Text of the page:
The Semi-Lost Brilliance of John Sayles Baby Its Youby Keith Phipps
By Yasmina Tawil
It’s only on the second viewing that it becomes apparent that the opening moments of Baby It’s You double as the film in miniature. After a bell rings to signal the end of one class period at a Trenton, New Jersey high school, senior Jill Rosen (Rosanna Arquette) emerges from class chatting away with some friends, all of them dressed in complementary outfits that could have been taken from the wardrobe department of The Patty Duke Show. By chance, she bumps into The Sheik (Vincent Spano), who would stand out even if he weren’t the new kid in school. The year is 1966, but no one told him. He wears his hair slicked back and a suit and tie so pristine it mocks the idea of propriety. They exchange an electric glance, then Jill keeps moving. Sheik, on the other hand, remains planted in place. All he can do is look at her while she walks away.
Later they become high-school sweethearts, sort of, even though much divides them. She’s Jewish and solidly middle class, having grown up in a home that doubles as an office for her doctor father. He’s Italian and working class, having grown up in a cramped house where the TV’s always on and the furniture is covered in plastic. They’re from opposite sides of Trenton, but could just as easily come from different eras. She listens to Dusty Springfield. He idolizes Frank Sinatra. “You listen to Sinatra?,” he asks her. “My parents do,” she replies. “They got taste.”
Yet, in spite of it all, they connect. He takes her out driving and shows her Trenton at night, telling her it “looks like a whole different place.” Her choice of suitor puzzles her friends and concerns a drama teacher, who warns her “I’ve seen many a promising young actress betray her talent for the sake of a few… careless adventures.” They fight. He makes a borderline insane romantic gesture. They get back together. There’s a chemistry between them that no one can deny, in spite of all that stands in their way.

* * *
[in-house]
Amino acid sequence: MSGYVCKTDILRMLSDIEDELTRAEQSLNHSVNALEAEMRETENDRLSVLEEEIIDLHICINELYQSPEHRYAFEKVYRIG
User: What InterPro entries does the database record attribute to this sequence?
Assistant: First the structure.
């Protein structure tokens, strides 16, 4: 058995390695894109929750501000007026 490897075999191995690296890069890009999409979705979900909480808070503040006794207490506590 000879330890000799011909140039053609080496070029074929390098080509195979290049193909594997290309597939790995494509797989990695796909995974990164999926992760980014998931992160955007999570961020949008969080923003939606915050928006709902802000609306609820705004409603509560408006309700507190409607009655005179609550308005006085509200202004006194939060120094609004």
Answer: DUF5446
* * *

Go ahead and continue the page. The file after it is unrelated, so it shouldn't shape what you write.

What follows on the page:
A different sort of movie would end the story here, at this moment of reunion, holding on an improbable moment that suggests all involved will live happily ever after. Baby It’s You gets there with more than an hour to go, and even this brief flash of happiness doesn’t last long. The film’s real final scene, which arrives after the characters have drifted in and out of each other’s life, defines bittersweet. Jill and Sheik have experienced considerable disappointments after high school, she in college at Sarah Lawrence, he as a lounge entertainer in Miami, lip syncing to others’ songs and pretending he doesn’t care that he doesn’t get to sing. It’s also one of the reasons you’ve most likely never seen this movie.
John Sayles’ third feature film as a writer and director, Baby It’s You is the first time Sayles made a film in which a major studio had some sort of creative input. The film’s story came from Amy Robinson, an actress and producer who drew on her own experiences as a New Jersey teenager. A company called Double Play provided the financing, but Paramount signed on for the distribution, fighting Sayles for final cut and expressing special concern over the insufficiently upbeat ending. Sayles won the battle only to see the film receive a token release in the spring of 1983—where it competed with the sex comedy My Tutor—then retreated back to the world of independent production. His next film, The Brother From Another Planet, would have no such interference. Neither would the one after that or the one after that.